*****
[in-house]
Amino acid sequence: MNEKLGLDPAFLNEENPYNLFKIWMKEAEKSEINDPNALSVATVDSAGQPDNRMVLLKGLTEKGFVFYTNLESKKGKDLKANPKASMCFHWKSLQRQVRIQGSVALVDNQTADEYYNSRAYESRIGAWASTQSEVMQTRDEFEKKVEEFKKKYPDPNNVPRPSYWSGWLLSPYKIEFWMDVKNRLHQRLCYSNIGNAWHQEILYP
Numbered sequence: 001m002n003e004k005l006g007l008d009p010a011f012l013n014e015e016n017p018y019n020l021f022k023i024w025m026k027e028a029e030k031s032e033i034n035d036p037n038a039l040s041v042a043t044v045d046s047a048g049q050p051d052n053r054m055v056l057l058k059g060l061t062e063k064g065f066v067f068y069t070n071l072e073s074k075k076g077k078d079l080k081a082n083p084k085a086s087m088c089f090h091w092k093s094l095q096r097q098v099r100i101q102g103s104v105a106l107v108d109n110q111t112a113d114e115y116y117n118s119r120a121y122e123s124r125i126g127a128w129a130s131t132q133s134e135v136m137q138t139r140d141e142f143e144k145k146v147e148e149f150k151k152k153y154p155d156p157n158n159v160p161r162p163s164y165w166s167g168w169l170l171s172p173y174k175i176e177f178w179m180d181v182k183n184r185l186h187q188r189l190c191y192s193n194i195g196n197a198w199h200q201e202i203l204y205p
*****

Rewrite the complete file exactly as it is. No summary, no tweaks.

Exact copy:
[in-house]
Amino acid sequence: MNEKLGLDPAFLNEENPYNLFKIWMKEAEKSEINDPNALSVATVDSAGQPDNRMVLLKGLTEKGFVFYTNLESKKGKDLKANPKASMCFHWKSLQRQVRIQGSVALVDNQTADEYYNSRAYESRIGAWASTQSEVMQTRDEFEKKVEEFKKKYPDPNNVPRPSYWSGWLLSPYKIEFWMDVKNRLHQRLCYSNIGNAWHQEILYP
Numbered sequence: 001m002n003e004k005l006g007l008d009p010a011f012l013n014e015e016n017p018y019n020l021f022k023i024w025m026k027e028a029e030k031s032e033i034n035d036p037n038a039l040s041v042a043t044v045d046s047a048g049q050p051d052n053r054m055v056l057l058k059g060l061t062e063k064g065f066v067f068y069t070n071l072e073s074k075k076g077k078d079l080k081a082n083p084k085a086s087m088c089f090h091w092k093s094l095q096r097q098v099r100i101q102g103s104v105a106l107v108d109n110q111t112a113d114e115y116y117n118s119r120a121y122e123s124r125i126g127a128w129a130s131t132q133s134e135v136m137q138t139r140d141e142f143e144k145k146v147e148e149f150k151k152k153y154p155d156p157n158n159v160p161r162p163s164y165w166s167g168w169l170l171s172p173y174k175i176e177f178w179m180d181v182k183n184r185l186h187q188r189l190c191y192s193n194i195g196n197a198w199h200q201e202i203l204y205p